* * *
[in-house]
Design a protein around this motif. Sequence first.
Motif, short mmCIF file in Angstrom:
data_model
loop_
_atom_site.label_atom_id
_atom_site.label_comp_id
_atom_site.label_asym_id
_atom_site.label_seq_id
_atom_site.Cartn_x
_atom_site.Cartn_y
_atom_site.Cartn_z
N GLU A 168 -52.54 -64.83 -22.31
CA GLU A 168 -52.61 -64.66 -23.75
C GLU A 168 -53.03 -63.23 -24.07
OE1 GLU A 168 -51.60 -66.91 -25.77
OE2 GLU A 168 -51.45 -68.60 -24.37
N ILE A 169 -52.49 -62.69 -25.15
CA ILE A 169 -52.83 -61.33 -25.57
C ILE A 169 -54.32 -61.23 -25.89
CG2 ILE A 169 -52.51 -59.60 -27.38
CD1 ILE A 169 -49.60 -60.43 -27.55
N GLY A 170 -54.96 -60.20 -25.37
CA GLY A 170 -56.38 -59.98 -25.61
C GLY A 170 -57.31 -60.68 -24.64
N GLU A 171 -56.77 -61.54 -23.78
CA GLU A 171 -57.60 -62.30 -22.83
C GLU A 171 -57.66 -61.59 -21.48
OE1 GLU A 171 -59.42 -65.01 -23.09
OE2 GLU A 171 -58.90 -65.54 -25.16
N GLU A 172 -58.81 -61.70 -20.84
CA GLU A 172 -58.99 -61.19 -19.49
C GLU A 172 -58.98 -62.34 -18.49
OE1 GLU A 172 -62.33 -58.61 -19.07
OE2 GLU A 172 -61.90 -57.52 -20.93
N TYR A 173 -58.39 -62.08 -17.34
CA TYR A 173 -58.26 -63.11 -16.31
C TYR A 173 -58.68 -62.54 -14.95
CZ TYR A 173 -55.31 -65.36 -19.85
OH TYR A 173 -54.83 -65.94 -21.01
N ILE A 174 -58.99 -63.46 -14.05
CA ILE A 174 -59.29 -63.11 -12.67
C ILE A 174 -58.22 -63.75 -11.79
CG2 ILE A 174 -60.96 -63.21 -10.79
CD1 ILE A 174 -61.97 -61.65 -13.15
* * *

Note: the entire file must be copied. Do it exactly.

[in-house]
Design a protein around this motif. Sequence first.
Motif, short mmCIF file in Angstrom:
data_model
loop_
_atom_site.label_atom_id
_atom_site.label_comp_id
_atom_site.label_asym_id
_atom_site.label_seq_id
_atom_site.Cartn_x
_atom_site.Cartn_y
_atom_site.Cartn_z
N GLU A 168 -52.54 -64.83 -22.31
CA GLU A 168 -52.61 -64.66 -23.75
C GLU A 168 -53.03 -63.23 -24.07
OE1 GLU A 168 -51.60 -66.91 -25.77
OE2 GLU A 168 -51.45 -68.60 -24.37
N ILE A 169 -52.49 -62.69 -25.15
CA ILE A 169 -52.83 -61.33 -25.57
C ILE A 169 -54.32 -61.23 -25.89
CG2 ILE A 169 -52.51 -59.60 -27.38
CD1 ILE A 169 -49.60 -60.43 -27.55
N GLY A 170 -54.96 -60.20 -25.37
CA GLY A 170 -56.38 -59.98 -25.61
C GLY A 170 -57.31 -60.68 -24.64
N GLU A 171 -56.77 -61.54 -23.78
CA GLU A 171 -57.60 -62.30 -22.83
C GLU A 171 -57.66 -61.59 -21.48
OE1 GLU A 171 -59.42 -65.01 -23.09
OE2 GLU A 171 -58.90 -65.54 -25.16
N GLU A 172 -58.81 -61.70 -20.84
CA GLU A 172 -58.99 -61.19 -19.49
C GLU A 172 -58.98 -62.34 -18.49
OE1 GLU A 172 -62.33 -58.61 -19.07
OE2 GLU A 172 -61.90 -57.52 -20.93
N TYR A 173 -58.39 -62.08 -17.34
CA TYR A 173 -58.26 -63.11 -16.31
C TYR A 173 -58.68 -62.54 -14.95
CZ TYR A 173 -55.31 -65.36 -19.85
OH TYR A 173 -54.83 -65.94 -21.01
N ILE A 174 -58.99 -63.46 -14.05
CA ILE A 174 -59.29 -63.11 -12.67
C ILE A 174 -58.22 -63.75 -11.79
CG2 ILE A 174 -60.96 -63.21 -10.79
CD1 ILE A 174 -61.97 -61.65 -13.15